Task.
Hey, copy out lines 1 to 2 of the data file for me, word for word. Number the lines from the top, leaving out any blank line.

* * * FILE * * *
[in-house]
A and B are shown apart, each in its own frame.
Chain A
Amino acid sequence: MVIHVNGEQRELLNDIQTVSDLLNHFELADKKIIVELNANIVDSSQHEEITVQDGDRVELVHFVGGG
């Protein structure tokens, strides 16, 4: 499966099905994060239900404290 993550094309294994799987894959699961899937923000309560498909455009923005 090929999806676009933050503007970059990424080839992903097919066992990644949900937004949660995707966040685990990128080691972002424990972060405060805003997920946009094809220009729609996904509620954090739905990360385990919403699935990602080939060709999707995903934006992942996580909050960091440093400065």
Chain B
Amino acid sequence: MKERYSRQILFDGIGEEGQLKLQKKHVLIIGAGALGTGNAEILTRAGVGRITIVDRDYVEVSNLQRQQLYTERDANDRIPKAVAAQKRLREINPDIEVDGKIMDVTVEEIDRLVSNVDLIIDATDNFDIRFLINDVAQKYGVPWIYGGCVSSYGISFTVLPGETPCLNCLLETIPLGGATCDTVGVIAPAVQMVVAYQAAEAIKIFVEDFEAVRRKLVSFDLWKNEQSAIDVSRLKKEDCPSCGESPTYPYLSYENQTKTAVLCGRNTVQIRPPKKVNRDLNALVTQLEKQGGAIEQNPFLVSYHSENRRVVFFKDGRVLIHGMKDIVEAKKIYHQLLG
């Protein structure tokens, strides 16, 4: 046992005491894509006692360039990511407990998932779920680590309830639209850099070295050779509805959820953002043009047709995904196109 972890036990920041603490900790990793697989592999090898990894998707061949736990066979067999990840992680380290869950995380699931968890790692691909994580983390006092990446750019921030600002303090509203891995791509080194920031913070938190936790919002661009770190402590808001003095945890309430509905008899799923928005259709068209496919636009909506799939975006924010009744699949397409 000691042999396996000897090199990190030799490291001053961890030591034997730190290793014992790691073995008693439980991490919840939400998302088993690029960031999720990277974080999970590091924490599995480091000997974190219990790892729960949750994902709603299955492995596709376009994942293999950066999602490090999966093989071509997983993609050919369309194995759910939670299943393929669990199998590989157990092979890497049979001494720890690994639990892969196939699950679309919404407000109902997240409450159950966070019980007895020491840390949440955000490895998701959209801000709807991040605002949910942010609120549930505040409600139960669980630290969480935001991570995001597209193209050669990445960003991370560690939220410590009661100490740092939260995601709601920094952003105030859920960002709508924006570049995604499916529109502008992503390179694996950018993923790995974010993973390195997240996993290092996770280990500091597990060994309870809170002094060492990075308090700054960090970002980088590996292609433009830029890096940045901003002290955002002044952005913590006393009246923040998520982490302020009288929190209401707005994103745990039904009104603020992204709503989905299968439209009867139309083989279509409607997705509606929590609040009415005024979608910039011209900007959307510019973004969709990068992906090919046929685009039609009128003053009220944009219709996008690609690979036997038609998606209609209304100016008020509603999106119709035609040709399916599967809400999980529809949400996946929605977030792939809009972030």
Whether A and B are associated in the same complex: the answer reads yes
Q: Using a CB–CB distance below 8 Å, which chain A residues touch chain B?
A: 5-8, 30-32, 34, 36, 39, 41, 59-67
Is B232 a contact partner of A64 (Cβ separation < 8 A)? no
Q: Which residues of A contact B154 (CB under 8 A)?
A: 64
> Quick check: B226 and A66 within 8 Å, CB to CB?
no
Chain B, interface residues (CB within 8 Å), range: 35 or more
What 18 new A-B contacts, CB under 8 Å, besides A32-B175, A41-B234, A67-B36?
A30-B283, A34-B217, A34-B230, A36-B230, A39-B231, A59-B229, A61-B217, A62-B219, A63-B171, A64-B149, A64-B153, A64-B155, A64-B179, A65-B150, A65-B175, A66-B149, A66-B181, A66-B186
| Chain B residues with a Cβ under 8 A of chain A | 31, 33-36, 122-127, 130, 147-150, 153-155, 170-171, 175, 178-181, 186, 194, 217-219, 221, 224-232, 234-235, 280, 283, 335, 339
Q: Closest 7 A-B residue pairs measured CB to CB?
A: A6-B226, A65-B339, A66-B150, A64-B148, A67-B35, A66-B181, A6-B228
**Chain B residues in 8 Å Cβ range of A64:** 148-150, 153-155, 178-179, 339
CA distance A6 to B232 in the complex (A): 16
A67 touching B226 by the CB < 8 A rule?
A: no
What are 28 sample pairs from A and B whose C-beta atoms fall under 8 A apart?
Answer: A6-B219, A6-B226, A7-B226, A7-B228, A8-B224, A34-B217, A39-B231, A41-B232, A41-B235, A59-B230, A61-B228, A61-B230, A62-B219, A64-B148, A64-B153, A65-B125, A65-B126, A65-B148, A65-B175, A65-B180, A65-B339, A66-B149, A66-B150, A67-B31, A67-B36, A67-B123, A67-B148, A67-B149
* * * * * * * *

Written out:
[in-house]
A and B are shown apart, each in its own frame.